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New Honeywell RTH9580 Jumper Loop Concern

Squidstro Member Posts: 54
Hello all. I just installed a new Honeywell RTH9580 to replace my old TH4110D1007. I have a Sentry S-120 EDP gas fired boiler for heat with Honeywell V8043E1012 zone valves. Then I have a central air conditioner with a York MC48C3XC1A evaporator coil.

On my old Honeywell TH4110D1007 thermostat, I had R and W going to my heat and Rc, Y and G going to my AC. No common wire. The thermostat was powered by two AA batteries.

I had 18/3 wire going to my heat with the spare wire being unused since this house was built in 1980. So I put the spare wire to use as a new common wire for this new Honeywell RTH9580 thermostat.

Here is how I wired the new thermostat:

Their instructions say to remove the jumper loop if you have both R and Rc wires which I do. However, the thermostat will not power on unless I add that jumper loop to that current wiring setup.

I have the heat successfully working with that setup but I have not tried to turn on the AC just yet. I am afraid to fire up the AC because of that jumper loop. I contacted Honeywell and they are asking me to swap my R and Rc wires and remove the jumper loop to see what happens. They position that as a "we'd like to try something". I understand what they're trying to do, but I don't like their trial and error attitude. I also believe if the R and Rc wires are swapped, then my heat and AC calls would be backwards.

So before I humor Honeywell, put your electrical engineering hats on and send me your thoughts and comments about my situation please.

I could always leave my wiring setup and just try to fire up the AC regardless. But I'm just worried with that jumper loop.

Thanks in advance people!


  • Squidstro
    Squidstro Member Posts: 54
    Honeywell confirmed what a bunch of users on the internet stated. The Honeywell thermostats look for common power on the cooling circuit, not the heating circuit. They designed it this way because most boilers don't have a true common built in. So I understand, and I also understand why the jumper loop makes the thermostat have power.

    But now I'm at the question of the calls for heat and AC vs the powering of the thermostat. Those obviously have to be segregated electrical circuits. Three to be exact. One for the call for heat, one for the call for cooling, and one for full time powering of the thermostat. I want to know if I can leave the jumper loop in and leave my current setup, and have the calls for heat and AC also still work. Remember, my call for heat is working just fine. I have not tried the call for AC yet. But if that jumper is powering the thermostat via the Rc terminal and the common terminal, it hasn't created a call for AC (which I think it would if it was a problem). It also doesn't create a call for heat until the thermostat requests it. So it may be working as desired. It's just my concern of the circuitry. I don't want to create a short situation. I'm asking Honeywell to validate it. But knowing litigious companies, I'm sure they won't support it and ask that I get a common wire from my AC.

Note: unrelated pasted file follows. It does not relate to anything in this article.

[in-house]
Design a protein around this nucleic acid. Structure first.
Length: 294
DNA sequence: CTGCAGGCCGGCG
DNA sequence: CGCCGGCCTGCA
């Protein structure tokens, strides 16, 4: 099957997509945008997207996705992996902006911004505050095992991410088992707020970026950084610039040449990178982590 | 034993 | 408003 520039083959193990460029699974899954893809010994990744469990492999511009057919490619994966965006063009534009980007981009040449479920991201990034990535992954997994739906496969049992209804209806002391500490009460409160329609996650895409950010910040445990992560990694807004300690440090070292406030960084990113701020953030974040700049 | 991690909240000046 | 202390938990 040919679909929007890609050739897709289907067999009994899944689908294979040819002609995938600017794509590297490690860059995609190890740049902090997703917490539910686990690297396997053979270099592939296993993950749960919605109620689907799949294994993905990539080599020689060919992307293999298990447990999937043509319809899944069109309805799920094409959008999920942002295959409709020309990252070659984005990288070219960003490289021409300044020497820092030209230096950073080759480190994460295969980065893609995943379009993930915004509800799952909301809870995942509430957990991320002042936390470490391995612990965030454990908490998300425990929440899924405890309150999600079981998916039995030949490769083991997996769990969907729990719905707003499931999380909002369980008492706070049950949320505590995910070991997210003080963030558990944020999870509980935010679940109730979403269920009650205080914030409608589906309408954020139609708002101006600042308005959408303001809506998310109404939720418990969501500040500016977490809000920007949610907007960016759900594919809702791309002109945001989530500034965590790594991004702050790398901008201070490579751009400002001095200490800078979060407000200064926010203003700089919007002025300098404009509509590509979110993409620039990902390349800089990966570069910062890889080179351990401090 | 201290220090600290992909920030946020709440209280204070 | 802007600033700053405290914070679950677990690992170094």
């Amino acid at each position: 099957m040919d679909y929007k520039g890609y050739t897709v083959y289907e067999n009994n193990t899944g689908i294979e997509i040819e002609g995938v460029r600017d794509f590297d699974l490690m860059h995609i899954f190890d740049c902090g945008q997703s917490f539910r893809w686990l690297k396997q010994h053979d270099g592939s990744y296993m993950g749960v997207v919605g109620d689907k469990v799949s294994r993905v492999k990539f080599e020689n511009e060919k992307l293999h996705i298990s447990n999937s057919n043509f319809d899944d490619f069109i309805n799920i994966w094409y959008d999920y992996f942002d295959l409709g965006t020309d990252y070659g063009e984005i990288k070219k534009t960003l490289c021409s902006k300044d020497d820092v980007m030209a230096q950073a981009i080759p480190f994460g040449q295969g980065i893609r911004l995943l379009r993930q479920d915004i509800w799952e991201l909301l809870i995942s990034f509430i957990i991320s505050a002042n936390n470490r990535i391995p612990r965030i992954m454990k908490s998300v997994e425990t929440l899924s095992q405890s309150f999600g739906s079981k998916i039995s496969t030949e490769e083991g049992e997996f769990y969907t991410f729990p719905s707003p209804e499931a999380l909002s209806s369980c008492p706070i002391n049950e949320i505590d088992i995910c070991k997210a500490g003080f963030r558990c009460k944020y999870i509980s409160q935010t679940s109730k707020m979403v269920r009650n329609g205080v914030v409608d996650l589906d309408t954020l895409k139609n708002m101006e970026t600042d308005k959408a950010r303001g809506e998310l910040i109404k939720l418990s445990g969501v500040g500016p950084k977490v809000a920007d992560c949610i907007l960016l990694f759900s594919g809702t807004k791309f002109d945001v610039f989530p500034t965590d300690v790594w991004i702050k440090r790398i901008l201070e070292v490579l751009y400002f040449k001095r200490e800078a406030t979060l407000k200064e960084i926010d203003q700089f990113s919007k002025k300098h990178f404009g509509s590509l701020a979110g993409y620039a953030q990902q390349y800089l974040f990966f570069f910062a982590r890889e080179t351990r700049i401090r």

If you guys are wondering why I don't just get a common wire from my AC, that air handler is up in my attic crawlspace in a super hard area to work. I'd have to get up there and figure out where the thermostat wire access panel is to set a C wire live. I'd rather not do that unless it's a last resort.
  • STEVEusaPA
    STEVEusaPA Member Posts: 6,038
    You answered your own question. Either get the common from the AC, or put a separate transformer for the thermostat all together.
    But either way, remove the jumper so you don't cause any damage.

    There was an error rendering this rich post.

  • Squidstro
    Squidstro Member Posts: 54
    Thanks @STEVEusaPA. Honeywell did say "There should be no jumper because there are two separate transformers. Leaving your jumper in will cause damage to your system."

    So I got up in my attic and found the common terminal of my air handler and setup a common wire from there. I got a good coating of sweat from being up there in such a tight space. What a pain crawlspace attics are.

    I'm now wired like this:

    I successfully tested a call for AC, a call for heat, and my thermostat powers up! Jumper loop removed, of course.

    Sorry for wasting everyone's time. Hopefully this thread can be informational to some.
  • STEVEusaPA
    STEVEusaPA Member Posts: 6,038
    No one's time was wasted. You provided good information for anyone who comes across the post.

    There was an error rendering this rich post.

    mattmia2Erin Holohan Haskell